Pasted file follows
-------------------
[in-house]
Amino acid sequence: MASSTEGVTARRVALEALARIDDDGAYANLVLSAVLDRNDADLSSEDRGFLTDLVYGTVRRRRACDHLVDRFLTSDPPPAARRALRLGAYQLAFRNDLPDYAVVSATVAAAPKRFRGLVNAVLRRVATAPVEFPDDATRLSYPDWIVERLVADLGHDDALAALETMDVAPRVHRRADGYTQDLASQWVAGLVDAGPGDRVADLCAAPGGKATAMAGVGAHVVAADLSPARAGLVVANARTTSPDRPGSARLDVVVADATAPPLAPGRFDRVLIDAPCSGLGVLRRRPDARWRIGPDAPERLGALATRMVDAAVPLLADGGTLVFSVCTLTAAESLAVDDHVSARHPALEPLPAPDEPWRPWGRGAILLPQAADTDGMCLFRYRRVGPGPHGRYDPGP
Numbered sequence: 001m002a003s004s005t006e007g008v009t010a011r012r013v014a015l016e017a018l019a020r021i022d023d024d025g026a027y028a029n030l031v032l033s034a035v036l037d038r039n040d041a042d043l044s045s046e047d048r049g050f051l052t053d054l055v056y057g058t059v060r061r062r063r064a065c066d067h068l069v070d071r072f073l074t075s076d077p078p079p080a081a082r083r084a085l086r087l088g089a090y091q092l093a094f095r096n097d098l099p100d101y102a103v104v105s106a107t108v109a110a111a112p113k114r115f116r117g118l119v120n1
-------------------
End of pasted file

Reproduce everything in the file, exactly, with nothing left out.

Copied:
[in-house]
Amino acid sequence: MASSTEGVTARRVALEALARIDDDGAYANLVLSAVLDRNDADLSSEDRGFLTDLVYGTVRRRRACDHLVDRFLTSDPPPAARRALRLGAYQLAFRNDLPDYAVVSATVAAAPKRFRGLVNAVLRRVATAPVEFPDDATRLSYPDWIVERLVADLGHDDALAALETMDVAPRVHRRADGYTQDLASQWVAGLVDAGPGDRVADLCAAPGGKATAMAGVGAHVVAADLSPARAGLVVANARTTSPDRPGSARLDVVVADATAPPLAPGRFDRVLIDAPCSGLGVLRRRPDARWRIGPDAPERLGALATRMVDAAVPLLADGGTLVFSVCTLTAAESLAVDDHVSARHPALEPLPAPDEPWRPWGRGAILLPQAADTDGMCLFRYRRVGPGPHGRYDPGP
Numbered sequence: 001m002a003s004s005t006e007g008v009t010a011r012r013v014a015l016e017a018l019a020r021i022d023d024d025g026a027y028a029n030l031v032l033s034a035v036l037d038r039n040d041a042d043l044s045s046e047d048r049g050f051l052t053d054l055v056y057g058t059v060r061r062r063r064a065c066d067h068l069v070d071r072f073l074t075s076d077p078p079p080a081a082r083r084a085l086r087l088g089a090y091q092l093a094f095r096n097d098l099p100d101y102a103v104v105s106a107t108v109a110a111a112p113k114r115f116r117g118l119v120n1